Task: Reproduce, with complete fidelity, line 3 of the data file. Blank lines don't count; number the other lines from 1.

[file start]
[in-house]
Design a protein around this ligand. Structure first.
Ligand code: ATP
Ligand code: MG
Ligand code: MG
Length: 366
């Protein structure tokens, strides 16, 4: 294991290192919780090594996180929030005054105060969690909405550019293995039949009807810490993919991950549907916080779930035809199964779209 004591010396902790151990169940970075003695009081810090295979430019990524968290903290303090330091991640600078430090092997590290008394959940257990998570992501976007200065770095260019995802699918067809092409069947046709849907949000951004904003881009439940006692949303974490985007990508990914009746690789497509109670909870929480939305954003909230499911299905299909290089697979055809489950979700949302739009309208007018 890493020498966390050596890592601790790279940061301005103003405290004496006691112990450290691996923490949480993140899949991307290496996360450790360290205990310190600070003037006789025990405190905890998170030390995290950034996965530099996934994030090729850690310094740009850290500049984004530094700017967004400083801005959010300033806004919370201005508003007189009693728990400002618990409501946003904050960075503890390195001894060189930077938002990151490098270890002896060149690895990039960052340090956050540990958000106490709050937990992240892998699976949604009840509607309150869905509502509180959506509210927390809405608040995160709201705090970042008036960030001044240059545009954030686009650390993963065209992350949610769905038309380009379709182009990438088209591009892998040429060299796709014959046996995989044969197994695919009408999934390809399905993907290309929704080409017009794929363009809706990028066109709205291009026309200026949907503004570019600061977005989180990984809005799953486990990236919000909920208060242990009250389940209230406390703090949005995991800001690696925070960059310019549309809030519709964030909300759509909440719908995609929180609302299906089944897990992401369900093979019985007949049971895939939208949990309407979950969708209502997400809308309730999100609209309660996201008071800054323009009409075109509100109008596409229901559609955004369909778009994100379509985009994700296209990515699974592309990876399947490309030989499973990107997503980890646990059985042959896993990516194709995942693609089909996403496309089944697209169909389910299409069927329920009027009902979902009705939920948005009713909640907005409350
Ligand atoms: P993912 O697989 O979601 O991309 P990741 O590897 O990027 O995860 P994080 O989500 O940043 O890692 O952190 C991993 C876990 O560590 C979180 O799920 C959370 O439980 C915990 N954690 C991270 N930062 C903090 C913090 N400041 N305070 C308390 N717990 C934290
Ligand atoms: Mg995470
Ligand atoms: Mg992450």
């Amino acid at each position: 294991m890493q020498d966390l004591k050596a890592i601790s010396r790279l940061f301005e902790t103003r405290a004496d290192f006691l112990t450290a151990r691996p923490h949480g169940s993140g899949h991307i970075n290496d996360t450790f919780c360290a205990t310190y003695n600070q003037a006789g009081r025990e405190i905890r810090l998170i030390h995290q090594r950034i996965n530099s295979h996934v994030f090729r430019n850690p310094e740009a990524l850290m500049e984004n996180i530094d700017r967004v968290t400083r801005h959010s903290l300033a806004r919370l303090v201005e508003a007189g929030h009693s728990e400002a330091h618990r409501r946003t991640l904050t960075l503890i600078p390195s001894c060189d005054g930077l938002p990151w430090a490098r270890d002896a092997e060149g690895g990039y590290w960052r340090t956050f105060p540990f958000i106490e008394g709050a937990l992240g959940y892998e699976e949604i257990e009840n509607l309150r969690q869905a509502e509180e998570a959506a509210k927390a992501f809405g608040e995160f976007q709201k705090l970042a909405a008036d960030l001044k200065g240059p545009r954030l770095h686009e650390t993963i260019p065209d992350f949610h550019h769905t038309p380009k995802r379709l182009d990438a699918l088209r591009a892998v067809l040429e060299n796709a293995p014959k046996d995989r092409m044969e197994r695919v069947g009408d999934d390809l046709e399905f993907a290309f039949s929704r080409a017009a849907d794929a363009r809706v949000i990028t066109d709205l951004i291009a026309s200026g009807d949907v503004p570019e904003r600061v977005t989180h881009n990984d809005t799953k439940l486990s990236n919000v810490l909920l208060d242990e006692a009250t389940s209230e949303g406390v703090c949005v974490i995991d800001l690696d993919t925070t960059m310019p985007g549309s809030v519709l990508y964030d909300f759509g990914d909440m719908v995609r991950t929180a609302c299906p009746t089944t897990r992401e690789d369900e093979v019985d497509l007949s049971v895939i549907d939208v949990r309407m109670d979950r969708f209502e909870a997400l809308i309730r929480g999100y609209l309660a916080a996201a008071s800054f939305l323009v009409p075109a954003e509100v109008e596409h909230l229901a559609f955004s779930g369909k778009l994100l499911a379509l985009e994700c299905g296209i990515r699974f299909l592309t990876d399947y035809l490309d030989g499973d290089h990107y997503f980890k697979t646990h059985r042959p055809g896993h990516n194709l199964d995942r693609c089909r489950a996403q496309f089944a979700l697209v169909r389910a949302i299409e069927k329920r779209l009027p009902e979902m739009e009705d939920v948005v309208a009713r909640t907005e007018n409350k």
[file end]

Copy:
Ligand code: ATP